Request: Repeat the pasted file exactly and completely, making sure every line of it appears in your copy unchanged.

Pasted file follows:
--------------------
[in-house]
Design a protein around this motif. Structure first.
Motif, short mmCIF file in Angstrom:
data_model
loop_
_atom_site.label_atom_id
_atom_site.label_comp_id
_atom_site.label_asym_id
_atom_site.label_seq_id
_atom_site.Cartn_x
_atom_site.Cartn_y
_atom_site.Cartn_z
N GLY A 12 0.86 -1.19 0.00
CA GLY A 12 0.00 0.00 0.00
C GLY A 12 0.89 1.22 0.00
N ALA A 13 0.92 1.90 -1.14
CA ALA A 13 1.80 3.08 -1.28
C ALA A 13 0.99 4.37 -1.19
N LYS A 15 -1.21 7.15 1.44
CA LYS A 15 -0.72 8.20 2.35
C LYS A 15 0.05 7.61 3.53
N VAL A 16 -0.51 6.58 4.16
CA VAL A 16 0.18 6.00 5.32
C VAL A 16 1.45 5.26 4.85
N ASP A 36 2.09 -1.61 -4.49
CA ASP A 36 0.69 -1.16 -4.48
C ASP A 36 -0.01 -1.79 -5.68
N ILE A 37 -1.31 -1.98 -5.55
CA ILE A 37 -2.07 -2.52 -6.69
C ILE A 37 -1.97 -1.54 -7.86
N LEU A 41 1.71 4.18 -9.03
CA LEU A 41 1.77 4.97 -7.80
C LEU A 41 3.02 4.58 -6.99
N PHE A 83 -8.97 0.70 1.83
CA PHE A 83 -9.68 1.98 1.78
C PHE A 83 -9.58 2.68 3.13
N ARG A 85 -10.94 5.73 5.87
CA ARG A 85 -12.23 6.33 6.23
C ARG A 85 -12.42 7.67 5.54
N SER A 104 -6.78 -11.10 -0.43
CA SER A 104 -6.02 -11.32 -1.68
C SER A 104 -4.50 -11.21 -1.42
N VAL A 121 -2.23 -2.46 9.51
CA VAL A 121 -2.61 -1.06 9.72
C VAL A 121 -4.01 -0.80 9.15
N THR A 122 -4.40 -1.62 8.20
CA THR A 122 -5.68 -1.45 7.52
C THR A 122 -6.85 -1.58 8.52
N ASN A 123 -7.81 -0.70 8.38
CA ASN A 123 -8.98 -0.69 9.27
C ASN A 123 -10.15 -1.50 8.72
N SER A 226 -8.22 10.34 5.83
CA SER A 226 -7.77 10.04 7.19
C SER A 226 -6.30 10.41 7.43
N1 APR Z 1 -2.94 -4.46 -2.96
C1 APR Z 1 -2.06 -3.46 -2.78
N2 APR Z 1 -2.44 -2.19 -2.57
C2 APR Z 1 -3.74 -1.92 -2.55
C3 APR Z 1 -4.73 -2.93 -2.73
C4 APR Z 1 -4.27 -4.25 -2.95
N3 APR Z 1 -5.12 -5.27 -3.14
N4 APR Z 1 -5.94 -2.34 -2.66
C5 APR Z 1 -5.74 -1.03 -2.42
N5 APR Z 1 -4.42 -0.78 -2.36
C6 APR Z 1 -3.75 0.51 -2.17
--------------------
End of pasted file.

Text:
[in-house]
Design a protein around this motif. Structure first.
Motif, short mmCIF file in Angstrom:
data_model
loop_
_atom_site.label_atom_id
_atom_site.label_comp_id
_atom_site.label_asym_id
_atom_site.label_seq_id
_atom_site.Cartn_x
_atom_site.Cartn_y
_atom_site.Cartn_z
N GLY A 12 0.86 -1.19 0.00
CA GLY A 12 0.00 0.00 0.00
C GLY A 12 0.89 1.22 0.00
N ALA A 13 0.92 1.90 -1.14
CA ALA A 13 1.80 3.08 -1.28
C ALA A 13 0.99 4.37 -1.19
N LYS A 15 -1.21 7.15 1.44
CA LYS A 15 -0.72 8.20 2.35
C LYS A 15 0.05 7.61 3.53
N VAL A 16 -0.51 6.58 4.16
CA VAL A 16 0.18 6.00 5.32
C VAL A 16 1.45 5.26 4.85
N ASP A 36 2.09 -1.61 -4.49
CA ASP A 36 0.69 -1.16 -4.48
C ASP A 36 -0.01 -1.79 -5.68
N ILE A 37 -1.31 -1.98 -5.55
CA ILE A 37 -2.07 -2.52 -6.69
C ILE A 37 -1.97 -1.54 -7.86
N LEU A 41 1.71 4.18 -9.03
CA LEU A 41 1.77 4.97 -7.80
C LEU A 41 3.02 4.58 -6.99
N PHE A 83 -8.97 0.70 1.83
CA PHE A 83 -9.68 1.98 1.78
C PHE A 83 -9.58 2.68 3.13
N ARG A 85 -10.94 5.73 5.87
CA ARG A 85 -12.23 6.33 6.23
C ARG A 85 -12.42 7.67 5.54
N SER A 104 -6.78 -11.10 -0.43
CA SER A 104 -6.02 -11.32 -1.68
C SER A 104 -4.50 -11.21 -1.42
N VAL A 121 -2.23 -2.46 9.51
CA VAL A 121 -2.61 -1.06 9.72
C VAL A 121 -4.01 -0.80 9.15
N THR A 122 -4.40 -1.62 8.20
CA THR A 122 -5.68 -1.45 7.52
C THR A 122 -6.85 -1.58 8.52
N ASN A 123 -7.81 -0.70 8.38
CA ASN A 123 -8.98 -0.69 9.27
C ASN A 123 -10.15 -1.50 8.72
N SER A 226 -8.22 10.34 5.83
CA SER A 226 -7.77 10.04 7.19
C SER A 226 -6.30 10.41 7.43
N1 APR Z 1 -2.94 -4.46 -2.96
C1 APR Z 1 -2.06 -3.46 -2.78
N2 APR Z 1 -2.44 -2.19 -2.57
C2 APR Z 1 -3.74 -1.92 -2.55
C3 APR Z 1 -4.73 -2.93 -2.73
C4 APR Z 1 -4.27 -4.25 -2.95
N3 APR Z 1 -5.12 -5.27 -3.14
N4 APR Z 1 -5.94 -2.34 -2.66
C5 APR Z 1 -5.74 -1.03 -2.42
N5 APR Z 1 -4.42 -0.78 -2.36
C6 APR Z 1 -3.75 0.51 -2.17